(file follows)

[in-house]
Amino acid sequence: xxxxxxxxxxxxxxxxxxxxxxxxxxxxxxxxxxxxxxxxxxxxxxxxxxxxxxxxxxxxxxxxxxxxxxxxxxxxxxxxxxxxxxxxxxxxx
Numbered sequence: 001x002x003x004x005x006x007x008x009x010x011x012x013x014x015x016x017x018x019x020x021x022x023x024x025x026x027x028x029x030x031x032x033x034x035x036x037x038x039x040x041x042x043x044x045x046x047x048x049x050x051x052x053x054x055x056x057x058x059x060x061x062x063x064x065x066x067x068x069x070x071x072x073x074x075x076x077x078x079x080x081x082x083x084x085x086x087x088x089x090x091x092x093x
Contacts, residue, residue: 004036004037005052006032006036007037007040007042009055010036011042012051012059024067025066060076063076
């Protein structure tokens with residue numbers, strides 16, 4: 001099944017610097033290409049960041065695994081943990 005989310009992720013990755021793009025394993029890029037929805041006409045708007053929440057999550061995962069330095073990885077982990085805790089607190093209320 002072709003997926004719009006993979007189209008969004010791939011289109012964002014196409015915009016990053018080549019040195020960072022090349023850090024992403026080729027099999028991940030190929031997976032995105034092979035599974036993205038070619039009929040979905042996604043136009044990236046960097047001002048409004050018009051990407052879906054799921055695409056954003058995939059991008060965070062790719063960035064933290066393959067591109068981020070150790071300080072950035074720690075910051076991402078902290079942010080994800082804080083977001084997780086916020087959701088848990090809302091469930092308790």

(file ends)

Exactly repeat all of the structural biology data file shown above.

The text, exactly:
[in-house]
Amino acid sequence: xxxxxxxxxxxxxxxxxxxxxxxxxxxxxxxxxxxxxxxxxxxxxxxxxxxxxxxxxxxxxxxxxxxxxxxxxxxxxxxxxxxxxxxxxxxxx
Numbered sequence: 001x002x003x004x005x006x007x008x009x010x011x012x013x014x015x016x017x018x019x020x021x022x023x024x025x026x027x028x029x030x031x032x033x034x035x036x037x038x039x040x041x042x043x044x045x046x047x048x049x050x051x052x053x054x055x056x057x058x059x060x061x062x063x064x065x066x067x068x069x070x071x072x073x074x075x076x077x078x079x080x081x082x083x084x085x086x087x088x089x090x091x092x093x
Contacts, residue, residue: 004036004037005052006032006036007037007040007042009055010036011042012051012059024067025066060076063076
């Protein structure tokens with residue numbers, strides 16, 4: 001099944017610097033290409049960041065695994081943990 005989310009992720013990755021793009025394993029890029037929805041006409045708007053929440057999550061995962069330095073990885077982990085805790089607190093209320 002072709003997926004719009006993979007189209008969004010791939011289109012964002014196409015915009016990053018080549019040195020960072022090349023850090024992403026080729027099999028991940030190929031997976032995105034092979035599974036993205038070619039009929040979905042996604043136009044990236046960097047001002048409004050018009051990407052879906054799921055695409056954003058995939059991008060965070062790719063960035064933290066393959067591109068981020070150790071300080072950035074720690075910051076991402078902290079942010080994800082804080083977001084997780086916020087959701088848990090809302091469930092308790």